So long as there is no controversy, no problem. But the Rush Limbaugh Show is classified as "controversial programming". The large national advertisers frequently pay more to avoid controversial content.
When Mom's Pizza runs an ad, they trust the station. But last week, Bill's Barbeque learned it was advertising in Rush, and Bill pulled the ad. So the radio station slots Mom's right into that vacant slot. And Mom doesn't even know.
Radio analyst Norm Pattiz reports that seventy percent of Rush Limbaugh's sponsors don't know they are his sponsors. Many are shocked when they receive that first email or tweet, and immediately withdraw their ads. And then the cycle starts again.
The result: the radio network conglomerates — already deep in debt — are desperate for advertising, but are failing to attract and keep quality sponsors.
The truth is, revulsion on the part of advertisers is already widespread. The initial advertiser exodus was spontaneous and deep, and came within days of the Limbaugh attack. The volunteers are just acting as messengers, using their own free speech to add critical information that is currently missing from the free market. Sponsors are free to make decisions based upon that information, and upon perceived public sentiment about the Rush Limbaugh program.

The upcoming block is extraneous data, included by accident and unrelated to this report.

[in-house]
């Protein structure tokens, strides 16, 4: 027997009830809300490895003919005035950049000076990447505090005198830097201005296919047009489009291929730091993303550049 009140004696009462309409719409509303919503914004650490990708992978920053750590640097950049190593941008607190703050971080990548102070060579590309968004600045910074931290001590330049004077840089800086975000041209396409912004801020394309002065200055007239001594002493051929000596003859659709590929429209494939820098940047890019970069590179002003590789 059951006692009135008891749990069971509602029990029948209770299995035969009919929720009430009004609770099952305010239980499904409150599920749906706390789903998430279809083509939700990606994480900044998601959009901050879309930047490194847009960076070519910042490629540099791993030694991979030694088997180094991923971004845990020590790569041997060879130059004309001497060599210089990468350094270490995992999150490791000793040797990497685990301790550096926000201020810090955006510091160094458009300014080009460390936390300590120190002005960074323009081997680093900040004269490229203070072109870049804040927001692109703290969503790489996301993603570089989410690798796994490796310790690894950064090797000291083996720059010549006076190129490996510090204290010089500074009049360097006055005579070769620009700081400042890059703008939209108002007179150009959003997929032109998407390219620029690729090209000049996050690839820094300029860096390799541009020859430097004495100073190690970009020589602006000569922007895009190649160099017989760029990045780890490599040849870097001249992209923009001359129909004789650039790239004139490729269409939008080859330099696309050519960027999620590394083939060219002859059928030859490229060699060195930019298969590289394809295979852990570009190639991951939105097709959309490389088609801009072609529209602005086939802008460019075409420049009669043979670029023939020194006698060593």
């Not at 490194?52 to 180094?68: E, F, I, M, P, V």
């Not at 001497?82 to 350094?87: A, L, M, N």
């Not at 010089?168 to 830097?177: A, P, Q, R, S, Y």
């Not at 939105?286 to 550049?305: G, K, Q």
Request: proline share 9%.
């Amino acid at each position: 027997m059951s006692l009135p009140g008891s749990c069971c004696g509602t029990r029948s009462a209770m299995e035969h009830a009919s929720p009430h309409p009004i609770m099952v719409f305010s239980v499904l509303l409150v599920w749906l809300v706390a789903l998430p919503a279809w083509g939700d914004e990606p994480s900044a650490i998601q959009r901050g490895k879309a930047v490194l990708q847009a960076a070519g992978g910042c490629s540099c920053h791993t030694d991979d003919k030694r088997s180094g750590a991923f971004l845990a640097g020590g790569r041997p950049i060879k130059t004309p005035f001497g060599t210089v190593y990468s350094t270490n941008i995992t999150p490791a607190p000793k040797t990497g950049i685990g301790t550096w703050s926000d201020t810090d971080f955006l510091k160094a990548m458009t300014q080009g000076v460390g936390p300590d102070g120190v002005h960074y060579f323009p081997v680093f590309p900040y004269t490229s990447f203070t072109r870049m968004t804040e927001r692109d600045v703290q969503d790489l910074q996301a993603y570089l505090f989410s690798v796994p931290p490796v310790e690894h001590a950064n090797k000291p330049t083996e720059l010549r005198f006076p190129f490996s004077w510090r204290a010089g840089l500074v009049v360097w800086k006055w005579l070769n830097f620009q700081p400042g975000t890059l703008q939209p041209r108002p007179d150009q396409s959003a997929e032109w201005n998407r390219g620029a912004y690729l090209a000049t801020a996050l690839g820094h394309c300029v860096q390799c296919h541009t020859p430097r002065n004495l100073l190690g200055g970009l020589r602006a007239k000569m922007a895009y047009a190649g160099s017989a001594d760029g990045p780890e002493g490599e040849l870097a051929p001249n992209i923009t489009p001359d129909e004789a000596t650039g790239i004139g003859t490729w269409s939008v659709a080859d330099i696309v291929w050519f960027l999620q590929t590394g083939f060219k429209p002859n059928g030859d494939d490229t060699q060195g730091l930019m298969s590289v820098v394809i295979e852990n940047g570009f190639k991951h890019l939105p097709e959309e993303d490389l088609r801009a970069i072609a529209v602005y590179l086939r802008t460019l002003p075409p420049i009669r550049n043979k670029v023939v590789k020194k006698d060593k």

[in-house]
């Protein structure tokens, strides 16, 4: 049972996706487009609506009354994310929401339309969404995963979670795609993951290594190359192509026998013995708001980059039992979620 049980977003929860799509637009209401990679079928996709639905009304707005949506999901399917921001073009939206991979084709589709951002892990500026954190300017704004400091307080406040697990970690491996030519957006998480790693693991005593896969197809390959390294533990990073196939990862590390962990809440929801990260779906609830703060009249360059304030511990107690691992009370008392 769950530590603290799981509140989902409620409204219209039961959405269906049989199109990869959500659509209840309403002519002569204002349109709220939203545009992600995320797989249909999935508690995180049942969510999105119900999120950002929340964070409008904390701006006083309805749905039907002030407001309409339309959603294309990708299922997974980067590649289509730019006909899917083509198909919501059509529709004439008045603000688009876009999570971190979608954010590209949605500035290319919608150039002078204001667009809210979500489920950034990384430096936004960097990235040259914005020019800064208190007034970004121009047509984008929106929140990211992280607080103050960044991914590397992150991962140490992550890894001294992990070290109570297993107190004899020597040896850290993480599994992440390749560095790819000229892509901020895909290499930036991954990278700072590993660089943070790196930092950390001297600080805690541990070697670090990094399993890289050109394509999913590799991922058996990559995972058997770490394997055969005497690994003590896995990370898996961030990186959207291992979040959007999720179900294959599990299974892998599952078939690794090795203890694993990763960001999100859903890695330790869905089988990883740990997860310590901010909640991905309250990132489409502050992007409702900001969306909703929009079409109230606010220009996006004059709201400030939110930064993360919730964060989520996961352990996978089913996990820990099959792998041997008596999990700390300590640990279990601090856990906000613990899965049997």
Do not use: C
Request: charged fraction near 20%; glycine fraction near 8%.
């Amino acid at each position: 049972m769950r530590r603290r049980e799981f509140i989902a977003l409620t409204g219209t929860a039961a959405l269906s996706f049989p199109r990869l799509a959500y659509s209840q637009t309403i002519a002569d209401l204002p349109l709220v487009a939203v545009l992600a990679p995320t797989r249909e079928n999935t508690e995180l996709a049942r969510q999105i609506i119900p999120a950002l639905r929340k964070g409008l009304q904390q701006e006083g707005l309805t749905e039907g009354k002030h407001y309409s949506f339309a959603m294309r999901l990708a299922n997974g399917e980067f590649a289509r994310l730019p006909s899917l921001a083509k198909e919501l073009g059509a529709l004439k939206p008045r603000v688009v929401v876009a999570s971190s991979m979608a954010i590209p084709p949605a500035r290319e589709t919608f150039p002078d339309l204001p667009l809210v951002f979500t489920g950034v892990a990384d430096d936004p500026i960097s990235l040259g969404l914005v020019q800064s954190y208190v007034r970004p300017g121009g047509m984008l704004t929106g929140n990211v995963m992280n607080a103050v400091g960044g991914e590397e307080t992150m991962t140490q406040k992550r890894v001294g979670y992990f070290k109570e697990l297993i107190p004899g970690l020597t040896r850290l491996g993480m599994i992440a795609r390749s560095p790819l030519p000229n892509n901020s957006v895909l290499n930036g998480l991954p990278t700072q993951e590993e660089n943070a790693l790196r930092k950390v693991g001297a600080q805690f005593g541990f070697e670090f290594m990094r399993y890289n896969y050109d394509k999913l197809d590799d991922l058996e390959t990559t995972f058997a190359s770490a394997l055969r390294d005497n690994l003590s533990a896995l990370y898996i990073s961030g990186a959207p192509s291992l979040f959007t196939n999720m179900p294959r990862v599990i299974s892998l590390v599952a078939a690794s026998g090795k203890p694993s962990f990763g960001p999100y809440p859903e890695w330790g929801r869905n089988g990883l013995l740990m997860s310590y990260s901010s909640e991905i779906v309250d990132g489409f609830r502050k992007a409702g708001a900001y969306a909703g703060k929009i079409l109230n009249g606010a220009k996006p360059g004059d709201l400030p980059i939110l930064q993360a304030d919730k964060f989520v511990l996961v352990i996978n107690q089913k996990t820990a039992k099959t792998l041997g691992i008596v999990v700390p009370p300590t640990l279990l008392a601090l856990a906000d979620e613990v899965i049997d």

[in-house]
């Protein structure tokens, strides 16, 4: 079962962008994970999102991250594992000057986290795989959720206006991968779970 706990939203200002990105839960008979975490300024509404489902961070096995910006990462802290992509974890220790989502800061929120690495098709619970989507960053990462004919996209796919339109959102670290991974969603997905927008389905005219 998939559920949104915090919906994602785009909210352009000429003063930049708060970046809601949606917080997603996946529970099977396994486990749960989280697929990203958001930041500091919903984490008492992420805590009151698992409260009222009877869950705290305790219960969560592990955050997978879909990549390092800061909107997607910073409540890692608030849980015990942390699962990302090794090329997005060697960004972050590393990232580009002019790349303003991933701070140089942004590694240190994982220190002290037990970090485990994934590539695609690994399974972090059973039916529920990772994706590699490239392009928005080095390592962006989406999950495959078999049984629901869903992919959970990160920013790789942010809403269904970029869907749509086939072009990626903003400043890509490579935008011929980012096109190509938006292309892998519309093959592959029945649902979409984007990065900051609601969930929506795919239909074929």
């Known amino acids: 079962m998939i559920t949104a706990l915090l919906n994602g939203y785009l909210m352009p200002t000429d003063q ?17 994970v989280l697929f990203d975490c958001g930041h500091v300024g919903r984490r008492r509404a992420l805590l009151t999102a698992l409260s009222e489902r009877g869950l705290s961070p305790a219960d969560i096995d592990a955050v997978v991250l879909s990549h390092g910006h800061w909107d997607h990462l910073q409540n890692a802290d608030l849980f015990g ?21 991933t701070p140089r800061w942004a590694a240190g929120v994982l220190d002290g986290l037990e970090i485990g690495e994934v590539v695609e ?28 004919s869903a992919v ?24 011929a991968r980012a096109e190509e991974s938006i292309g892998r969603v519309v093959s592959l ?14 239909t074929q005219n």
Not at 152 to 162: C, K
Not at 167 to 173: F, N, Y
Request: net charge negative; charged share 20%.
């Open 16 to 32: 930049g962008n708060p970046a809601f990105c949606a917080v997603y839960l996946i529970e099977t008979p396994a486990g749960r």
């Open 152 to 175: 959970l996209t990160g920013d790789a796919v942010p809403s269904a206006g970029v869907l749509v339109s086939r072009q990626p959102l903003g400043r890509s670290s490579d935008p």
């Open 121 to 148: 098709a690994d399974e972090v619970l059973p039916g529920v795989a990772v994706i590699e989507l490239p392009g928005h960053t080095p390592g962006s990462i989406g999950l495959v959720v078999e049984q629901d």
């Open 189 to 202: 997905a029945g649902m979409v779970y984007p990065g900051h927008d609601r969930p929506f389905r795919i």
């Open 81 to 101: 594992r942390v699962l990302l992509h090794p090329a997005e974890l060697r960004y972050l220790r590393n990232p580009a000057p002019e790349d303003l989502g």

Primarily because of Limbaugh, talk radio has an unsavory reputation throughout the business community. Even radio's share of political ads dropped this last election cycle — a rather astonishing development post-Citizens United.
To be fair, the radio conglomerates were already on the verge of crippling themselves. Massive debt, ultra-lean operations, elimination of locally created content, reliance upon single point of failure strategies, and ownership and exploitation by private equity firms... the list of mis-steps is lengthy. The industry was already facing a challenging business climate when Limbaugh spouted off. Talk radio was losing ground, and demographic and technological change presented challenges. But Limbaugh's fate may have been sealed when his only on-air apology to Sandra Fluke was couched in the language of attack. His arrogance was matched only by the heads of the radio networks who saw no reason to punish, or even to acknowledge or reprimand him for his depravity. Many believe the networks whose financials are dropping into junk bond, very high credit risk status have only themselves to blame.